By MICHAEL PERKINS
SOMETIMES FACING OUR OWN PHOTOGRAPHIC WORK is less like dredging up memory and more like staring into the face of a complete stranger. Even seconds after the shutter snaps, a real distance widens between what we did in the moment and what we hold in our hands. Who did this? What were we thinking? Why did this work (or, in many cases, not work)?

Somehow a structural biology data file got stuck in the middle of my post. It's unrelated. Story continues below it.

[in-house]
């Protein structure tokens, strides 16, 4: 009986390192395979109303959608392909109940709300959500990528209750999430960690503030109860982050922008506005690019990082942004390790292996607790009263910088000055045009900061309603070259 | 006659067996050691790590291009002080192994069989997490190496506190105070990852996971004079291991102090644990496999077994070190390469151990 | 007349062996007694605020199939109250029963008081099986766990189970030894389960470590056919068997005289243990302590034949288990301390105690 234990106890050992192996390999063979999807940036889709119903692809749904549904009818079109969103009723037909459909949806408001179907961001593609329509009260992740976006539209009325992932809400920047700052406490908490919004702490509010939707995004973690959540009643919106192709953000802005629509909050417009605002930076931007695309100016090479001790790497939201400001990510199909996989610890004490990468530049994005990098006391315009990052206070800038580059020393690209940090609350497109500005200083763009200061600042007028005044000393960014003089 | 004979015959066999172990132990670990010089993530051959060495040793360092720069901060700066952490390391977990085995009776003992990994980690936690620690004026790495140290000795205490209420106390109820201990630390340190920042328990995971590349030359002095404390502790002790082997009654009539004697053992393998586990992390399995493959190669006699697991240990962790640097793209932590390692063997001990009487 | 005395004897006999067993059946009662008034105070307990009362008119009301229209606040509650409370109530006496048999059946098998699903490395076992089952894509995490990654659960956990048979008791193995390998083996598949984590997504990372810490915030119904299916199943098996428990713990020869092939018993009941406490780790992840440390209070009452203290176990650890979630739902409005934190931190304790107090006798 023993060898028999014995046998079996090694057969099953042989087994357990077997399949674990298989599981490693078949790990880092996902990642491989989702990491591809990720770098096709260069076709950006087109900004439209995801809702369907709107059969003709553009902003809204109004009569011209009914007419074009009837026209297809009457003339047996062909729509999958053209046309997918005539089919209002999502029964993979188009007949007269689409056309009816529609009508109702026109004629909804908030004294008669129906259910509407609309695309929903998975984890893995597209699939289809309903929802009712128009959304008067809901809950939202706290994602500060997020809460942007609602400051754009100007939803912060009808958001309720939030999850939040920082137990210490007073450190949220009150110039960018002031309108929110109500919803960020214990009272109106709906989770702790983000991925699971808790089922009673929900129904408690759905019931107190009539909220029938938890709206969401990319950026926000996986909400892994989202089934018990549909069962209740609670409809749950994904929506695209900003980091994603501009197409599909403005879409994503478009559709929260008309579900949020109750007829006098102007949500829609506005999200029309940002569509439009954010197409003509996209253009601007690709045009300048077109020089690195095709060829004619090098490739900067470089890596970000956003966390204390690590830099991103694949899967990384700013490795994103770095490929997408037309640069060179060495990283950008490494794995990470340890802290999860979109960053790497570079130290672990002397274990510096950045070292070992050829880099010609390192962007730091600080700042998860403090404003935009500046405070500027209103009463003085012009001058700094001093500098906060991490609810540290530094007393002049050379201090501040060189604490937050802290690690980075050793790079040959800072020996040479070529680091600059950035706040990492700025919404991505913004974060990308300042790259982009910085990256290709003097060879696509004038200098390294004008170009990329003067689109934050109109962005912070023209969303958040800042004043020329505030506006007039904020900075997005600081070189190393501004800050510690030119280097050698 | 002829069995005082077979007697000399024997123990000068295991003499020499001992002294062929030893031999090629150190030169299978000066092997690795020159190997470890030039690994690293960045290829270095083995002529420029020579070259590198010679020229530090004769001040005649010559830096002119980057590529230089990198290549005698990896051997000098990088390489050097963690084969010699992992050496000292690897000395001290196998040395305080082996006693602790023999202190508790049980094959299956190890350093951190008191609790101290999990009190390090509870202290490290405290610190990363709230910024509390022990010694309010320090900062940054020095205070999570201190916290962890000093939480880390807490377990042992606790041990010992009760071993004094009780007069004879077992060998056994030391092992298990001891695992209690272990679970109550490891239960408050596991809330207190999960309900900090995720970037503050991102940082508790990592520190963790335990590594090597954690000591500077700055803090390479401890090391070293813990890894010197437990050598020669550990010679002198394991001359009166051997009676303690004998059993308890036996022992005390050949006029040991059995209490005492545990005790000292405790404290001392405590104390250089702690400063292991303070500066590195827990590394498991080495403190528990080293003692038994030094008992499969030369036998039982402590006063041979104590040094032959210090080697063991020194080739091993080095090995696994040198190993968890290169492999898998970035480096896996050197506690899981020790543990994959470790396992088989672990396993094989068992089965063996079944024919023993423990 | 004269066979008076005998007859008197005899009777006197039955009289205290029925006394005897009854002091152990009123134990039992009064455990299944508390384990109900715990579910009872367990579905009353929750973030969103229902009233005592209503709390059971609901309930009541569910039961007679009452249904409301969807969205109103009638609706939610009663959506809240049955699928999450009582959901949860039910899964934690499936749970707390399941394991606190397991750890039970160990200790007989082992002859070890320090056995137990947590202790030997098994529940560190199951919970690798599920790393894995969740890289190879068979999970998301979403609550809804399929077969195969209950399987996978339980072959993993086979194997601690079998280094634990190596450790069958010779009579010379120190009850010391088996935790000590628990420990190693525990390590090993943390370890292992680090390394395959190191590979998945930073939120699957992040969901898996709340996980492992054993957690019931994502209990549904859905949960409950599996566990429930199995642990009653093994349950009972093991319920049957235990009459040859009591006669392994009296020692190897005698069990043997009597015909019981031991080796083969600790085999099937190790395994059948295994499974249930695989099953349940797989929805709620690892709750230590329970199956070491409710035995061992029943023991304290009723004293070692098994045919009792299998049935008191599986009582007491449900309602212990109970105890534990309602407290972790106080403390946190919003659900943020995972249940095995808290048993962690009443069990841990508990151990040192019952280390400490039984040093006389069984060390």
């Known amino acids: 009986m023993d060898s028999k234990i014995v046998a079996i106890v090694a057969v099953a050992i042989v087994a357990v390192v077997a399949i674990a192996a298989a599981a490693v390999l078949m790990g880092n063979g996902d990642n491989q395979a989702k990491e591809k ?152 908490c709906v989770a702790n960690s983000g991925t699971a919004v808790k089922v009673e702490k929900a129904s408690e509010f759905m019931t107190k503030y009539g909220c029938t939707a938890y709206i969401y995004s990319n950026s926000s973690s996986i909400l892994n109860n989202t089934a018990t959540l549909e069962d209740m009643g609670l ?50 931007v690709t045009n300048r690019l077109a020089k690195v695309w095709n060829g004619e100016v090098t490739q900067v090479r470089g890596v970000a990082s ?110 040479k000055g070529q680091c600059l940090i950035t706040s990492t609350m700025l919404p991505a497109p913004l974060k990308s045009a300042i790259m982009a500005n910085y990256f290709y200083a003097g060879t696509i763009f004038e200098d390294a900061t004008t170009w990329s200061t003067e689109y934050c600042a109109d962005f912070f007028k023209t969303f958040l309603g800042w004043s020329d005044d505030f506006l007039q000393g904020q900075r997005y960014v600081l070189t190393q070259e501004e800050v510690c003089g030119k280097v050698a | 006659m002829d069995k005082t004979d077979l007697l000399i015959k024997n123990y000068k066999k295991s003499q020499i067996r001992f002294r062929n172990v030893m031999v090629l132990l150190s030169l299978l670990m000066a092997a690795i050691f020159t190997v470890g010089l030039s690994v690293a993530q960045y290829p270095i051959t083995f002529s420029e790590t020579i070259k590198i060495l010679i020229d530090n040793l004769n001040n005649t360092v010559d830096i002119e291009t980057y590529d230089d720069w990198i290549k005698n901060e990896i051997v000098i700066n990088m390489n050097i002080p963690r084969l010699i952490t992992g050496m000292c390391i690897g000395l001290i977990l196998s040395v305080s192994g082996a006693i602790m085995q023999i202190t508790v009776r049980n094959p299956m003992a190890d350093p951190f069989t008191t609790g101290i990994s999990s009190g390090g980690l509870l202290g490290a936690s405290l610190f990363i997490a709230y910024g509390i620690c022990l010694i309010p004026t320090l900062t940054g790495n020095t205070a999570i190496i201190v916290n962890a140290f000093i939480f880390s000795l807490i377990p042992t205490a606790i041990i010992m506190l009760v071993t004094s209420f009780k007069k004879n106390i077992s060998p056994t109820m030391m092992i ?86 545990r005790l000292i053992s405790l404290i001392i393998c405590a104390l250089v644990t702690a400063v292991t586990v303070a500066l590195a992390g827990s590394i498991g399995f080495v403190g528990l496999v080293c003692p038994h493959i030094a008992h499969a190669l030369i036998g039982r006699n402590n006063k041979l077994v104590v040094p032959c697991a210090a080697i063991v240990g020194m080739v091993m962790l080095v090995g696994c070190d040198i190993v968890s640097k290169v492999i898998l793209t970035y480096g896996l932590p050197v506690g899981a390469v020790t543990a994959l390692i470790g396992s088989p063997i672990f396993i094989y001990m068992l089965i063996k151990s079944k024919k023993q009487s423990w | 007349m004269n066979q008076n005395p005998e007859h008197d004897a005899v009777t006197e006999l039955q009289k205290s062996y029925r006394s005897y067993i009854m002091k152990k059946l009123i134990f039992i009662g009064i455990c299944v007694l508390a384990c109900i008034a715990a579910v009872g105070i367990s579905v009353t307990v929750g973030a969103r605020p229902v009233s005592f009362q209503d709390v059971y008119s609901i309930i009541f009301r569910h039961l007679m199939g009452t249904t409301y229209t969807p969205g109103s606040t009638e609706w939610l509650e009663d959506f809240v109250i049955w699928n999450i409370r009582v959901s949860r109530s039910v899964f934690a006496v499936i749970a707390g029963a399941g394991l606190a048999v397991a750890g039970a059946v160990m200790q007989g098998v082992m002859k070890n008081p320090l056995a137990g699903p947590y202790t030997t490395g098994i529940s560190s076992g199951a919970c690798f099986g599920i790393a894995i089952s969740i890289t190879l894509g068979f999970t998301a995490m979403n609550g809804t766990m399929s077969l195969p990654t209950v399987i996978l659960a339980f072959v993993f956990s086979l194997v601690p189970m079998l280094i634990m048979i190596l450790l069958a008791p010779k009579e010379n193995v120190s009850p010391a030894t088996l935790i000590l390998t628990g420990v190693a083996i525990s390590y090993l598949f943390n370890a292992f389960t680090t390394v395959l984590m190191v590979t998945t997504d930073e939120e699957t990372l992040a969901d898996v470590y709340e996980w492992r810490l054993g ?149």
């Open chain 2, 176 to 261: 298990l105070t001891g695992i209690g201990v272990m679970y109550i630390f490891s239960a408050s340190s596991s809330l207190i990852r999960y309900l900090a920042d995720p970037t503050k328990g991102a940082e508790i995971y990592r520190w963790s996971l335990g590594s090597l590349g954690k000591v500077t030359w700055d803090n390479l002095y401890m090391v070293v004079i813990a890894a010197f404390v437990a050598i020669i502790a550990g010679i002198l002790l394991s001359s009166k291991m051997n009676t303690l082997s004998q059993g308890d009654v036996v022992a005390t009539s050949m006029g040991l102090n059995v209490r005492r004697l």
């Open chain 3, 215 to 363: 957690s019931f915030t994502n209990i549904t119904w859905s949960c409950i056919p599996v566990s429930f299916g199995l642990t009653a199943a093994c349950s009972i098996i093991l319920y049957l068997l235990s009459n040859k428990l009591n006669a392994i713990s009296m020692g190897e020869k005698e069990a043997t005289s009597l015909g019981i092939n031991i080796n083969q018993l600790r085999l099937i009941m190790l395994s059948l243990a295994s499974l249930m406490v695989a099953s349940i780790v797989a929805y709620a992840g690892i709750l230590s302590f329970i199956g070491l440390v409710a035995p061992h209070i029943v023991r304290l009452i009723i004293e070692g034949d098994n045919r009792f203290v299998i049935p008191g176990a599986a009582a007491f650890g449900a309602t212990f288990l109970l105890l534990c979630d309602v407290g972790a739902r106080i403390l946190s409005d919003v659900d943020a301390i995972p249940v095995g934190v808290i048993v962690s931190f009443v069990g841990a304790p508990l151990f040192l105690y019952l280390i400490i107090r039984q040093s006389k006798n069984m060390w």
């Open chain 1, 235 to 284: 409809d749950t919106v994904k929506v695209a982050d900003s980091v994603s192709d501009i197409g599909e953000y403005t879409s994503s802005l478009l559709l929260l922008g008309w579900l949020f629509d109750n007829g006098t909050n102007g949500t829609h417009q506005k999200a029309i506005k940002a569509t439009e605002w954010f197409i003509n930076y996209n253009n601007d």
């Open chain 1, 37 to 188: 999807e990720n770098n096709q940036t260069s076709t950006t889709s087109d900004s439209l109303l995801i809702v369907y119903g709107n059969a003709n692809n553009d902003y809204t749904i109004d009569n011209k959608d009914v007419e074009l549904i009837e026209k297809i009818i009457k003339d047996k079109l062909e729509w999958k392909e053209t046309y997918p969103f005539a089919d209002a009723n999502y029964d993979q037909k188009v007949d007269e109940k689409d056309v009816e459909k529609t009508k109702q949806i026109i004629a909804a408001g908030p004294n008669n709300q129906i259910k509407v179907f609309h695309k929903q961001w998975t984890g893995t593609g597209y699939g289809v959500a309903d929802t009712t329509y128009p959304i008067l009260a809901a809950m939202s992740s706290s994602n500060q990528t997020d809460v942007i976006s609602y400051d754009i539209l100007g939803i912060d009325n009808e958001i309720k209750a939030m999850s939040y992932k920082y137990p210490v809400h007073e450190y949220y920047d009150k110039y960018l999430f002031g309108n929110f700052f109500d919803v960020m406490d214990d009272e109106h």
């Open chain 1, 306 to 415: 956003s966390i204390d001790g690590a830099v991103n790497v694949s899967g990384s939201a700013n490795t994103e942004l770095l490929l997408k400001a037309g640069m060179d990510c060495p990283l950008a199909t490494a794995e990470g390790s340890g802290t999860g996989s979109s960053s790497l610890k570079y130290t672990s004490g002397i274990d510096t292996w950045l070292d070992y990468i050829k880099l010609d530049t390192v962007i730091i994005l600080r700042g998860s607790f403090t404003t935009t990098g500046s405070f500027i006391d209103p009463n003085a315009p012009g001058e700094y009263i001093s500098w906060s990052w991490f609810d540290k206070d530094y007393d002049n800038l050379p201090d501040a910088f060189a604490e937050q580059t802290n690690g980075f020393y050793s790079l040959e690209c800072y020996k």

Shooting quickly on the street worsens this feeling of alienation. We might not have even been so mindful of all the factors at work in a picture while it was being made, which makes learning from both the duds and the keepers that much more difficult. Learning to completely deconstruct a shot is, therefore, one of the most valuable skills for any photographer. It’s not always an…
Ver o post original 279 mais palavras